The Circular Economy Is Looping Around for all EU Manufacturing and Importers In 2021

Preparations for the EU Waste Framework Directive (WFD) database are gathering steam, especially with the European Chemicals Agency’s (ECHA’s) recently published “Detailed information requirements for the SCIP database.”

Under Article 9 of the WFD, ECHA is required to have the SCIP database in place by 5 January 2020 and ready for data submission beginning 5 January 2021. This will be a major undertaking for many industries but it will in theory be beneficial to the EU economy overall.

Read on to learn what role maintaining a database of the substances of concern in articles or in complex objects (products) (SCIP) will play in supporting a circular economy the EU is working toward.

 The Problem of Hazardous Materials in the Circular Economy

As the global population continues to rise, our traditional linear model of consumption (take-make-use-dispose) is increasingly seen as unsustainable. Our world’s growing middle class paired with the corresponding growth of consumption is placing expanding pressure on the world’s finite resources.

The circular economy seeks to meet this problem with a more sustainable model of consumption. Using a model of manufacture-consume-recycle-reuse, previously-used resources would be continually cycled back into the manufacturing process rather than falling to waste.

But hazardous substances in secondary materials are a key barrier to realising a circular economy. How do recyclers know the hazardous substances of a product being recycled in order to handle and reprocess the product safely? How do recyclers avoid incorporating hazardous substances into recycled secondary materials?

The Importance of Transparency Regarding Hazardous Materials

To increase our ability to create a sustainable circular economy, we must take a multi-pronged approach in dealing with hazardous materials that can pose a threat to the reuse of recyclable materials. In order to safely deal with hazardous materials, recyclers should be provided with greater transparency about which materials contain hazardous substances. This will allow them to protect the safety of their workers and prevent contaminating recyclable materials with hazardous substances. This is where the importance of accuracy and transparency of inputting substance information into the WFD database is evidenced.

Another part of the solution is to encourage manufacturers to stop using hazardous substances in their products in the first place. This can be achieved by legal measures –  e.g., the End of Life Vehicles (ELV) heavy metals restrictions on lead, mercury, cadmium and hexavalent chromium in vehicles), but it can also be encouraged through consumer pressure. By giving consumers information on the hazardous substance content of products, they can make informed decisions and stimulate the market to provide products with lower hazardous substance content. This, in turn, would reduce the hazardous substance content of products when these products eventually become waste.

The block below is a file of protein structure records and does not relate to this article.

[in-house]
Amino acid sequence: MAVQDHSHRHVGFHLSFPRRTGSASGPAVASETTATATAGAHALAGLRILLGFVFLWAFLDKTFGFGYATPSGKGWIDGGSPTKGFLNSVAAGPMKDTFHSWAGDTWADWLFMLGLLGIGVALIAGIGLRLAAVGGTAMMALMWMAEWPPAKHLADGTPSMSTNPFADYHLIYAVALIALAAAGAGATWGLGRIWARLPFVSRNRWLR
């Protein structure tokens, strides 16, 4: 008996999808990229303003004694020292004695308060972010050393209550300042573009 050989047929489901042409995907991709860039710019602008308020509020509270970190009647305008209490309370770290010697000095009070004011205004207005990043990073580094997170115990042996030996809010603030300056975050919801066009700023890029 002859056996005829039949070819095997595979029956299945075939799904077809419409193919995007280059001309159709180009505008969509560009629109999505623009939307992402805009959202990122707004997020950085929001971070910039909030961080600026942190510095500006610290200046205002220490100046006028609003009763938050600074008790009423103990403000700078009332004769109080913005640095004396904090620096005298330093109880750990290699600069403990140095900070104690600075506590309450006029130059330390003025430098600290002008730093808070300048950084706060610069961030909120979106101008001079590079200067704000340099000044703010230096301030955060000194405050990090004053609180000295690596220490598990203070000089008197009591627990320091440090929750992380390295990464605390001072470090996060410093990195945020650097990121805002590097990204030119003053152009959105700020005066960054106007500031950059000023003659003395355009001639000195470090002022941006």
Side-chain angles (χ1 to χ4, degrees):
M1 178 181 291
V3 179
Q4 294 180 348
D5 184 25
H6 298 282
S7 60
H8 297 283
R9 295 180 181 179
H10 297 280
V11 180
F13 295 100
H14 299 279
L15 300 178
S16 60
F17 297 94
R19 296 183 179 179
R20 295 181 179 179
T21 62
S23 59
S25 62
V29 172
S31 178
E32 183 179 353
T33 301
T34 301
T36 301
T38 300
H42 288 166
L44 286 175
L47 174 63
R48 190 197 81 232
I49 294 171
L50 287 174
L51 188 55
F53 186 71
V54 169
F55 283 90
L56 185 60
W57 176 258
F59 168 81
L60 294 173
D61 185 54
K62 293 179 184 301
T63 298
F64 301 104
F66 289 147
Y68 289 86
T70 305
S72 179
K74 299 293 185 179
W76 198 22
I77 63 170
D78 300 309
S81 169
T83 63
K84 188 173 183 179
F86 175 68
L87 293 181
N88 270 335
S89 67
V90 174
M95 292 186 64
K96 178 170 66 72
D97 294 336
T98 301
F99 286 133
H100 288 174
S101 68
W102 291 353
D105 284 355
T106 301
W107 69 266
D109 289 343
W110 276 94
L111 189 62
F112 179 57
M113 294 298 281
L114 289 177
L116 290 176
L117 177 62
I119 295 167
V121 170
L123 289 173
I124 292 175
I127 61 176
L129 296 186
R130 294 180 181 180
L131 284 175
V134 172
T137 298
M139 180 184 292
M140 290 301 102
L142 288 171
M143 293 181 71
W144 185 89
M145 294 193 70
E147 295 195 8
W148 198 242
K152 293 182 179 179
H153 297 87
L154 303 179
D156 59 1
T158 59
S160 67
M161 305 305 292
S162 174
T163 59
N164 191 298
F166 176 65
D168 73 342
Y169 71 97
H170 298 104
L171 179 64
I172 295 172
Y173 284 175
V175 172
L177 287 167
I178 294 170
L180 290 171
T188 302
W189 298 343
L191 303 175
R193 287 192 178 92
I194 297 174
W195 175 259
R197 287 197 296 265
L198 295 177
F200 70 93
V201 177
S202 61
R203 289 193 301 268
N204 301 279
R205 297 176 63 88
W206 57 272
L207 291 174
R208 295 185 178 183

Where the WFD Database Fits Into This

Under Registration, Evaluation and Authorization of Chemicals (REACH), there are already requirements for producers and importers of articles to inform ECHA about a Substance of Very High Concern (SVHC). But the WFD database will theoretically help address the current lack of transparency regarding hazardous substances for both ECHA and the general EU population.

For instance, under REACH’s Article 7(2) Notification, producers or importers of articles are required to notify ECHA when the articles they are placing on the market contain more than 0.1% SVHC and the tonnage being placed on the market exceeds more than one tonne per annum. But this does not apply if the substance is already registered for the same use it is being put on the market for; nor if exposure can be excluded.  As a result, ECHA has received very few notifications and their information about where SVHCs are being used in products is limited.

Under Article 33(1) of REACH, any SVHC content in an article above 0.1% must be communicated to the next recipient in the supply chain in order to handle it safely. Additionally, Article 33(2) provides consumers with the right to request information on the SVHC of a product, together with safe use information.

But this places the onus on the consumer to make the request, which will more often than not act as a barrier for the consumer to obtain the SVHC content information.

But while Article 7(2) and Article 33 require information about hazardous material content to be provided to ECHA and consumers, it does not require the same information to be given to waste operators. This becomes a problem when a product with hazardous materials reaches the end of its life cycle.

To address this problem, ECHA anticipates using the WFD database to create an article-centric approach that can be accessed by consumers at the purchasing stage and accessed by waste operators after. All articles that are within the scope of Article 33 (those that contain SVHCs above 0.1%) would be reported into the system at the lowest tiers of the supply chain by EU manufacturers or importers. As those articles are assembled into more complex configurations and ultimately products, the database would be updated accordingly by the obligated party.